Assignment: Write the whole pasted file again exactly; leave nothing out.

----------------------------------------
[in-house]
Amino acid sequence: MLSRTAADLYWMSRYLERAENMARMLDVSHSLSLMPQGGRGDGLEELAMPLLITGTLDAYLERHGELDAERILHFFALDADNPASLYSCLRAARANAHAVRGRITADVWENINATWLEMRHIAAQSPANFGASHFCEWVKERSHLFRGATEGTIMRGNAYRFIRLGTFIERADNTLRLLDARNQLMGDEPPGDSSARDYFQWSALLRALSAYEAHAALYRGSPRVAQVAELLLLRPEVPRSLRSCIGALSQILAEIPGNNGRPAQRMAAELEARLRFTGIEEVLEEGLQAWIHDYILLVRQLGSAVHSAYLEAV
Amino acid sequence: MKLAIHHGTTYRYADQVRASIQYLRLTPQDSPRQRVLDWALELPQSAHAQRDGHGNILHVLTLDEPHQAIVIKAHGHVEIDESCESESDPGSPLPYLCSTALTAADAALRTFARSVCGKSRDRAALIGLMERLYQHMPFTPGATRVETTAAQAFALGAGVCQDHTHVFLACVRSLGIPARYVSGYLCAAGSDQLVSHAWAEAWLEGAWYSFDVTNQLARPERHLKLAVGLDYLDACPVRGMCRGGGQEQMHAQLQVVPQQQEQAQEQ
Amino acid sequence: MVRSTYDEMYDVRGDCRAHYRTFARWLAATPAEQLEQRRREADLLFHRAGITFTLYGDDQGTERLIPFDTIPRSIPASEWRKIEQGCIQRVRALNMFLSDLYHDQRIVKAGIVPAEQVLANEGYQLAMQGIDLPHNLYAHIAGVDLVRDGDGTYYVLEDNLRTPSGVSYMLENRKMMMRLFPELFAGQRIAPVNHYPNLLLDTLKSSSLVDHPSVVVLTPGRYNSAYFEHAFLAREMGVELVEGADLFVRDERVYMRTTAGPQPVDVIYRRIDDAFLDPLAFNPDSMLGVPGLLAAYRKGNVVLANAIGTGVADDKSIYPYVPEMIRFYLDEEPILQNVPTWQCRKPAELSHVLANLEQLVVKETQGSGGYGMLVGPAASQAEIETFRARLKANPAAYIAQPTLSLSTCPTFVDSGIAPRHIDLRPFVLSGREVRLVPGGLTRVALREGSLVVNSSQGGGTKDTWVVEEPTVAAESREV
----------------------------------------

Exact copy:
[in-house]
Amino acid sequence: MLSRTAADLYWMSRYLERAENMARMLDVSHSLSLMPQGGRGDGLEELAMPLLITGTLDAYLERHGELDAERILHFFALDADNPASLYSCLRAARANAHAVRGRITADVWENINATWLEMRHIAAQSPANFGASHFCEWVKERSHLFRGATEGTIMRGNAYRFIRLGTFIERADNTLRLLDARNQLMGDEPPGDSSARDYFQWSALLRALSAYEAHAALYRGSPRVAQVAELLLLRPEVPRSLRSCIGALSQILAEIPGNNGRPAQRMAAELEARLRFTGIEEVLEEGLQAWIHDYILLVRQLGSAVHSAYLEAV
Amino acid sequence: MKLAIHHGTTYRYADQVRASIQYLRLTPQDSPRQRVLDWALELPQSAHAQRDGHGNILHVLTLDEPHQAIVIKAHGHVEIDESCESESDPGSPLPYLCSTALTAADAALRTFARSVCGKSRDRAALIGLMERLYQHMPFTPGATRVETTAAQAFALGAGVCQDHTHVFLACVRSLGIPARYVSGYLCAAGSDQLVSHAWAEAWLEGAWYSFDVTNQLARPERHLKLAVGLDYLDACPVRGMCRGGGQEQMHAQLQVVPQQQEQAQEQ
Amino acid sequence: MVRSTYDEMYDVRGDCRAHYRTFARWLAATPAEQLEQRRREADLLFHRAGITFTLYGDDQGTERLIPFDTIPRSIPASEWRKIEQGCIQRVRALNMFLSDLYHDQRIVKAGIVPAEQVLANEGYQLAMQGIDLPHNLYAHIAGVDLVRDGDGTYYVLEDNLRTPSGVSYMLENRKMMMRLFPELFAGQRIAPVNHYPNLLLDTLKSSSLVDHPSVVVLTPGRYNSAYFEHAFLAREMGVELVEGADLFVRDERVYMRTTAGPQPVDVIYRRIDDAFLDPLAFNPDSMLGVPGLLAAYRKGNVVLANAIGTGVADDKSIYPYVPEMIRFYLDEEPILQNVPTWQCRKPAELSHVLANLEQLVVKETQGSGGYGMLVGPAASQAEIETFRARLKANPAAYIAQPTLSLSTCPTFVDSGIAPRHIDLRPFVLSGREVRLVPGGLTRVALREGSLVVNSSQGGGTKDTWVVEEPTVAAESREV